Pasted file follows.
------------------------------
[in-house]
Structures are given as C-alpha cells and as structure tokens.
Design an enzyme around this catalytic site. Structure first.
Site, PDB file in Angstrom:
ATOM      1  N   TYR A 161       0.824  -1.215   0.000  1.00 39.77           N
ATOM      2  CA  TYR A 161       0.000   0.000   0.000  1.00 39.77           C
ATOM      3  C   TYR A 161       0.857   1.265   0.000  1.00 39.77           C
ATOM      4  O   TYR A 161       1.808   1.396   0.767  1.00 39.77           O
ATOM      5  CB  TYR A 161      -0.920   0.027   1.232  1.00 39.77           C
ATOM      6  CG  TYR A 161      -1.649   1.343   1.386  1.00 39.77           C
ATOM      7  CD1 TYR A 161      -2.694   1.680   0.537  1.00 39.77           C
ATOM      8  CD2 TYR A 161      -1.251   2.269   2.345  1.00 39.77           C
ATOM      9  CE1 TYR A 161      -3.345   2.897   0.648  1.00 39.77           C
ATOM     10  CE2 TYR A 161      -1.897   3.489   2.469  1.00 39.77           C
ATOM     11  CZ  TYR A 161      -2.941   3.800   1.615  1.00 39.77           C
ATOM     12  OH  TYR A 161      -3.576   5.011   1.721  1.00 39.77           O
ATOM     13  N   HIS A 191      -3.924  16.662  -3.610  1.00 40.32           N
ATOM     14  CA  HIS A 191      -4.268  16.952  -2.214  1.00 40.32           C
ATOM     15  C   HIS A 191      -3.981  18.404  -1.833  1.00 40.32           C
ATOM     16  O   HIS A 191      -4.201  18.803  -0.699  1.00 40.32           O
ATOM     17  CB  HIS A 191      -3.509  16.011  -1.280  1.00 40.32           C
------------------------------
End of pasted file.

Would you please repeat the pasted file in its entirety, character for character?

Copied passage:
[in-house]
Structures are given as C-alpha cells and as structure tokens.
Design an enzyme around this catalytic site. Structure first.
Site, PDB file in Angstrom:
ATOM      1  N   TYR A 161       0.824  -1.215   0.000  1.00 39.77           N
ATOM      2  CA  TYR A 161       0.000   0.000   0.000  1.00 39.77           C
ATOM      3  C   TYR A 161       0.857   1.265   0.000  1.00 39.77           C
ATOM      4  O   TYR A 161       1.808   1.396   0.767  1.00 39.77           O
ATOM      5  CB  TYR A 161      -0.920   0.027   1.232  1.00 39.77           C
ATOM      6  CG  TYR A 161      -1.649   1.343   1.386  1.00 39.77           C
ATOM      7  CD1 TYR A 161      -2.694   1.680   0.537  1.00 39.77           C
ATOM      8  CD2 TYR A 161      -1.251   2.269   2.345  1.00 39.77           C
ATOM      9  CE1 TYR A 161      -3.345   2.897   0.648  1.00 39.77           C
ATOM     10  CE2 TYR A 161      -1.897   3.489   2.469  1.00 39.77           C
ATOM     11  CZ  TYR A 161      -2.941   3.800   1.615  1.00 39.77           C
ATOM     12  OH  TYR A 161      -3.576   5.011   1.721  1.00 39.77           O
ATOM     13  N   HIS A 191      -3.924  16.662  -3.610  1.00 40.32           N
ATOM     14  CA  HIS A 191      -4.268  16.952  -2.214  1.00 40.32           C
ATOM     15  C   HIS A 191      -3.981  18.404  -1.833  1.00 40.32           C
ATOM     16  O   HIS A 191      -4.201  18.803  -0.699  1.00 40.32           O
ATOM     17  CB  HIS A 191      -3.509  16.011  -1.280  1.00 40.32           C